And, naturally Travis Moody would review the moody footsteps of Travis Crowe. I say footsteps, because there is no set-up. There is no exposition. There’s no introductory piece. There is only tortuous guilt. Something is happening to this young man, and it’s bad. But so bad we can only see it in layers, shredded from his soul until the last page snatches us from satan’s grasp. Crowe is a normal guy with problems. So to speak, he’s the guy yelling at people in front of 711. The guy who robs Wal-Marts. The type of guy who lives in a shopping cart. The guy who used to get laid a lot being the star forward in high school, until one day he found his parents drowning in a sea of smack. But in this comic, it’s his adoptive family that has it bad. Travis saves children. He headbutts bosses. We like him.
But what I do love about this debut from Buccellato (The Flash, Detective Comics), in addition to using my lovely first name of course, is not tell us anything, but show us everything in Toni (Sons of Anarchy) Infante‘s sharp, terrifying sketches. (Can we get this guy on Ghost Rider, please?) Really, it’s best for me to not tell you anything about the plot or point of the whole story; just trust that if you enjoy Constantine, are a wee bit curious about David Duchovny’s new Aquarius series, and plain-out just love you some ferocious artwork, Sons of the Devil will wind up on your pull-list and haunt the other comics besides it.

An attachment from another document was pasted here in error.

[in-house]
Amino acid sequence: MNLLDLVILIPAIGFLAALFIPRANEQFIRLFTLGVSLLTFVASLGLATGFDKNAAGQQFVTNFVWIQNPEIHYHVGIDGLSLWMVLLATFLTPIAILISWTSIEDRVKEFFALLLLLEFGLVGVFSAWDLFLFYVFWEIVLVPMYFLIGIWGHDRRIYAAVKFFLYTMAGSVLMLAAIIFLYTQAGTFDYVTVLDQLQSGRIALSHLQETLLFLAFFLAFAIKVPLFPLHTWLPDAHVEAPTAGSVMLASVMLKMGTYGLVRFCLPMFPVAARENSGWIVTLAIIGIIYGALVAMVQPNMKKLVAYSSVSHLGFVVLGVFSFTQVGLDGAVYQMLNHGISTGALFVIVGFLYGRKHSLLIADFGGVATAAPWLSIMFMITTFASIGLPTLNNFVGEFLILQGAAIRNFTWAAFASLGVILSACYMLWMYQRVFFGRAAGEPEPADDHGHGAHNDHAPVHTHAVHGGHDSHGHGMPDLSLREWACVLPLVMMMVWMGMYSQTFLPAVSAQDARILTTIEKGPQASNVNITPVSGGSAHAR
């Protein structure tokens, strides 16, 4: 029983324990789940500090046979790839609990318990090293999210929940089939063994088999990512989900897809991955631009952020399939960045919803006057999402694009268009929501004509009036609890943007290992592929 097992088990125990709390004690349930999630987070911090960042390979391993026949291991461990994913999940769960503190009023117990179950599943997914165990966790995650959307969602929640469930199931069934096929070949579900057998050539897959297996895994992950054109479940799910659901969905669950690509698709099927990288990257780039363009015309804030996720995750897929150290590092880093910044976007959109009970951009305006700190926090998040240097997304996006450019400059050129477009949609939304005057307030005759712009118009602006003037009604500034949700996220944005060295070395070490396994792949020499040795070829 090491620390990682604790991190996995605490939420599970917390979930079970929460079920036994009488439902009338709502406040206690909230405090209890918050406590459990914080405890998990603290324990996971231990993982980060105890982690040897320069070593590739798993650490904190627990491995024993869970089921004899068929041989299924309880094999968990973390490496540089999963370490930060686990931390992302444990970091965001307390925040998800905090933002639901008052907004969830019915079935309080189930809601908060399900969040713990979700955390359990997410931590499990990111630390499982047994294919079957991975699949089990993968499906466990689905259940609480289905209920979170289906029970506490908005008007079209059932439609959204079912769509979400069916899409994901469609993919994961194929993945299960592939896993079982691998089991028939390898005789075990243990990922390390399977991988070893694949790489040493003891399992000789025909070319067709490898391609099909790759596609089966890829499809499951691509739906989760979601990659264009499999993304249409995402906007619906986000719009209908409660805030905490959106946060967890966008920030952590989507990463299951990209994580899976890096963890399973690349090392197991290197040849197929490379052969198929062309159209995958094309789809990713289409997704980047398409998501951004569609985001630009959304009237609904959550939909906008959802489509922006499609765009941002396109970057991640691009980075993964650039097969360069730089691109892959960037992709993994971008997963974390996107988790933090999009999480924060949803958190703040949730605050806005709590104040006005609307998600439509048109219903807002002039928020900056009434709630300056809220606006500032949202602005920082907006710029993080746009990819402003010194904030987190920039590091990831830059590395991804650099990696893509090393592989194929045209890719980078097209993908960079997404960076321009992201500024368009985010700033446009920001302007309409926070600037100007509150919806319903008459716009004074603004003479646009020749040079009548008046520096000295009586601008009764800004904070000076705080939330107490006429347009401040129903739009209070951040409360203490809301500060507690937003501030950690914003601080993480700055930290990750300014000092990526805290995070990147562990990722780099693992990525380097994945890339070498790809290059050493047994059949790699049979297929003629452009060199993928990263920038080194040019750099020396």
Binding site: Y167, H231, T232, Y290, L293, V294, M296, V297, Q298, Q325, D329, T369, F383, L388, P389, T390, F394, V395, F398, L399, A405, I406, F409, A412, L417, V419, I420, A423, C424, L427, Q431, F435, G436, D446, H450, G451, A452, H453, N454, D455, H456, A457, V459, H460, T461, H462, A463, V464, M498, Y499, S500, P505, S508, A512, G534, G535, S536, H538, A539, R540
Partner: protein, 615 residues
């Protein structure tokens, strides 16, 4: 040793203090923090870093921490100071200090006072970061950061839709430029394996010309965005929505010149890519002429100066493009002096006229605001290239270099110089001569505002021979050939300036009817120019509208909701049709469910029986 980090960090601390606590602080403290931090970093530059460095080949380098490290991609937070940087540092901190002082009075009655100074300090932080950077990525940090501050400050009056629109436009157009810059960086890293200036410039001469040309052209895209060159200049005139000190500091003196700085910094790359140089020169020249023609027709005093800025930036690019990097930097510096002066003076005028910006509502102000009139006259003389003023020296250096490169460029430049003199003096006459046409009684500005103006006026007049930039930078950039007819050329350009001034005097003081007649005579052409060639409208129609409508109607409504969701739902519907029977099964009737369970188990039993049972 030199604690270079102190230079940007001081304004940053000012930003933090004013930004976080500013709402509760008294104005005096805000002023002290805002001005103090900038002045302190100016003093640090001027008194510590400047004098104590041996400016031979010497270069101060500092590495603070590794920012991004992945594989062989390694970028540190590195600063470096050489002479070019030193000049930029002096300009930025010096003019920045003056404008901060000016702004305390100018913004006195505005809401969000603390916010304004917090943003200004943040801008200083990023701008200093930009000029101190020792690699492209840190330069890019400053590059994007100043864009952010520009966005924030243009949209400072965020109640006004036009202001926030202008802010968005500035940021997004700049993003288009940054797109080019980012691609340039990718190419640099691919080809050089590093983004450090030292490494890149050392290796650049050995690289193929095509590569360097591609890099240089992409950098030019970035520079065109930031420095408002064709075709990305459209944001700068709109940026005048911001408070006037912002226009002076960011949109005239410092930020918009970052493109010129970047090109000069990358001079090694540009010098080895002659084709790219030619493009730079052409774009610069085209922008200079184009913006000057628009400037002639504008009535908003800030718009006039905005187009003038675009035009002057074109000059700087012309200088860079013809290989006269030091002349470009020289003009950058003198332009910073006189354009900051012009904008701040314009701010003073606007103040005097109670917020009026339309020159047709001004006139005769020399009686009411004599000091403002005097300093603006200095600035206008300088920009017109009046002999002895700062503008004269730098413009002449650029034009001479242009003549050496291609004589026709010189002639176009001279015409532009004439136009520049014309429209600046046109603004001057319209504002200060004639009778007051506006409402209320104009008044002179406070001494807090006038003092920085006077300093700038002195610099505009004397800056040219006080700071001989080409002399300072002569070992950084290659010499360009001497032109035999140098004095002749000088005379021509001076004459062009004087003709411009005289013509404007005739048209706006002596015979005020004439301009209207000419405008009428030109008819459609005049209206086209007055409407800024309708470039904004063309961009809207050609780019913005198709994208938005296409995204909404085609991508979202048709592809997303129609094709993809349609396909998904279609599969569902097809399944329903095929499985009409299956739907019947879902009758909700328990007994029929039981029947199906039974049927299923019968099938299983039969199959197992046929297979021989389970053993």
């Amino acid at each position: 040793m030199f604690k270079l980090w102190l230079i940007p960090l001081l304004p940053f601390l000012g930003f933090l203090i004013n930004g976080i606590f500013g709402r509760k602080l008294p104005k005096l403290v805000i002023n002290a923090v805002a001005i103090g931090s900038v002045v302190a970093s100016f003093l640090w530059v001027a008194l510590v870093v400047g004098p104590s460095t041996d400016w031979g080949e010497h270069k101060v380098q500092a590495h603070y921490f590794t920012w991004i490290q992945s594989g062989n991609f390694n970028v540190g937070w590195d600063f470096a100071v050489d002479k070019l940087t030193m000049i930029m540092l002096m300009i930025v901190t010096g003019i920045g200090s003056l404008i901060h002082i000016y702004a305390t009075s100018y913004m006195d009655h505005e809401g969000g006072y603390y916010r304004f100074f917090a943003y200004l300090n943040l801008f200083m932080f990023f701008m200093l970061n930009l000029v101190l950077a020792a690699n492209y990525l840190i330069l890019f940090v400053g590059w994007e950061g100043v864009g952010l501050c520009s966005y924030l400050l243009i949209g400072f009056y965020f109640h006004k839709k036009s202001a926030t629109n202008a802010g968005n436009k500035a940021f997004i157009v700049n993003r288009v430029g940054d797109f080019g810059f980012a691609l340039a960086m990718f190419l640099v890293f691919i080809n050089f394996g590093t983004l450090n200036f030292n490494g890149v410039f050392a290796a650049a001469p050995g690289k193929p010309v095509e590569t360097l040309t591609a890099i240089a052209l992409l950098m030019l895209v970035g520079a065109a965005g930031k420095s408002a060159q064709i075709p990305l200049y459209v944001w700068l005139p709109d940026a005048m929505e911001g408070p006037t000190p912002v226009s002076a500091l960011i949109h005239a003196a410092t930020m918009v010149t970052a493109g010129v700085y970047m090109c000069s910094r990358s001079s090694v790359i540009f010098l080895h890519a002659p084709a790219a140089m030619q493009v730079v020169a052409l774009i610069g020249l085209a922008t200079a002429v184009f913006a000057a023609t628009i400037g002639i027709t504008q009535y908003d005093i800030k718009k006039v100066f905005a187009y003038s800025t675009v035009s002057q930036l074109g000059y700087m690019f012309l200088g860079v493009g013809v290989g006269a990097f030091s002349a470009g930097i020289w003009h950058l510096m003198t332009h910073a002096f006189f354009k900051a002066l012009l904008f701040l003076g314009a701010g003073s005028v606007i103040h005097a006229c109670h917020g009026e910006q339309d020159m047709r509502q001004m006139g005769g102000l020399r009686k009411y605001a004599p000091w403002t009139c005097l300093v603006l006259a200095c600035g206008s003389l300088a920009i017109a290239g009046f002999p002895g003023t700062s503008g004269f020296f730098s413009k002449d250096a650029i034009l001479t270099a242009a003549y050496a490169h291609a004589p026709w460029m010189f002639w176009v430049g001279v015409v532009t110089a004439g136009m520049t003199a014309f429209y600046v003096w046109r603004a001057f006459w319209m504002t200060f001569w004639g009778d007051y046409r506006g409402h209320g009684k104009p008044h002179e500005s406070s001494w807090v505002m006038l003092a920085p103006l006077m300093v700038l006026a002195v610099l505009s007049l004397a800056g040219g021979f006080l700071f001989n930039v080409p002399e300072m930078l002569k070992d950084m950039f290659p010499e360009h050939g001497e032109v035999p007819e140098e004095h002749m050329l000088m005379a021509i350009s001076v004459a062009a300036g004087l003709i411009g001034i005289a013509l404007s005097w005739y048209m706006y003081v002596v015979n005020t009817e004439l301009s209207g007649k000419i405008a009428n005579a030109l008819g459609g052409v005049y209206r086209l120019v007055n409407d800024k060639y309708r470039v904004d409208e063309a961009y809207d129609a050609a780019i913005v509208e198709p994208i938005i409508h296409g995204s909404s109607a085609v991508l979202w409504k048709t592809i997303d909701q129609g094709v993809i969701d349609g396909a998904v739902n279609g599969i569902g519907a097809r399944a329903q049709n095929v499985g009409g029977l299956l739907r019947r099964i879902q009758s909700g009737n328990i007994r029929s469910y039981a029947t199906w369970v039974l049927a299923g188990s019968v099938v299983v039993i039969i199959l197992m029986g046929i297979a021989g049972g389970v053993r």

Writer Ales Kot (ZERO), artist Will Tempest (Deep Roots), designer Tom Muller (The Surface) and letterer Clayton Cowles (Journey into Mystery) have created a gritty serial drama in Material #1, packed with heady psychological commentary on current events, that reads like the story board of a True Detective episode. The artistry is raw and sketchy and the colours contrast without gradient, but somehow this crude style works. We are introduced to four main characters in this first issue and it feels quite possible that their lives may never intersect in this series; though the point is likely to find the commonalities within these differing stories and connect the dots ourselves.. Kot sheds some light on this below:
“It’s a story that begins in America and spreads everywhere. It defies easy categorization. Our chief aim is to be truthful about life as it is now through a vast variety of explored human experience. Material also marks the return of 9-panel grid as a standard tool in a comic series. Expect backmatter files by excellent artists, writers, journalists and other beings. Expect new readers coming to comic book stores asking for it. Ideally, Material will be our ‘Cerebus’—in that we intend to keep this one going for a long, long time.” 4/5 Bible Materials.